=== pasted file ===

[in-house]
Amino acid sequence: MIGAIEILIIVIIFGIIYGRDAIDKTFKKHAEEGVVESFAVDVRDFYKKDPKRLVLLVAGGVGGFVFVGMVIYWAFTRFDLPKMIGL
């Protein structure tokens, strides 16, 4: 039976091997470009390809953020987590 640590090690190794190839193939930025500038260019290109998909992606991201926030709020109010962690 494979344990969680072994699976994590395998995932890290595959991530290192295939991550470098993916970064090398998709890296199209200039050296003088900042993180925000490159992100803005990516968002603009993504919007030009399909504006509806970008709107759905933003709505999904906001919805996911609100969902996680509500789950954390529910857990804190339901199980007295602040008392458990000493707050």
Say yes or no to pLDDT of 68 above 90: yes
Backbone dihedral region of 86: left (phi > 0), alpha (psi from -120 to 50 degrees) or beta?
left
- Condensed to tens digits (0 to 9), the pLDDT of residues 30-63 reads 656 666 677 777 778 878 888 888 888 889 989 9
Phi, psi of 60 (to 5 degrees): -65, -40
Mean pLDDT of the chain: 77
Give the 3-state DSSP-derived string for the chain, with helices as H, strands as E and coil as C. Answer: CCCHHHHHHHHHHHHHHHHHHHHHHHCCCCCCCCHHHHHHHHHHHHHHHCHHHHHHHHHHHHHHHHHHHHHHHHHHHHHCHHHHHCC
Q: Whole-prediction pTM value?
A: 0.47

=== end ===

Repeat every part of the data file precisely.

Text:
[in-house]
Amino acid sequence: MIGAIEILIIVIIFGIIYGRDAIDKTFKKHAEEGVVESFAVDVRDFYKKDPKRLVLLVAGGVGGFVFVGMVIYWAFTRFDLPKMIGL
């Protein structure tokens, strides 16, 4: 039976091997470009390809953020987590 640590090690190794190839193939930025500038260019290109998909992606991201926030709020109010962690 494979344990969680072994699976994590395998995932890290595959991530290192295939991550470098993916970064090398998709890296199209200039050296003088900042993180925000490159992100803005990516968002603009993504919007030009399909504006509806970008709107759905933003709505999904906001919805996911609100969902996680509500789950954390529910857990804190339901199980007295602040008392458990000493707050």
Say yes or no to pLDDT of 68 above 90: yes
Backbone dihedral region of 86: left (phi > 0), alpha (psi from -120 to 50 degrees) or beta?
left
- Condensed to tens digits (0 to 9), the pLDDT of residues 30-63 reads 656 666 677 777 778 878 888 888 888 889 989 9
Phi, psi of 60 (to 5 degrees): -65, -40
Mean pLDDT of the chain: 77
Give the 3-state DSSP-derived string for the chain, with helices as H, strands as E and coil as C. Answer: CCCHHHHHHHHHHHHHHHHHHHHHHHCCCCCCCCHHHHHHHHHHHHHHHCHHHHHHHHHHHHHHHHHHHHHHHHHHHHHCHHHHHCC
Q: Whole-prediction pTM value?
A: 0.47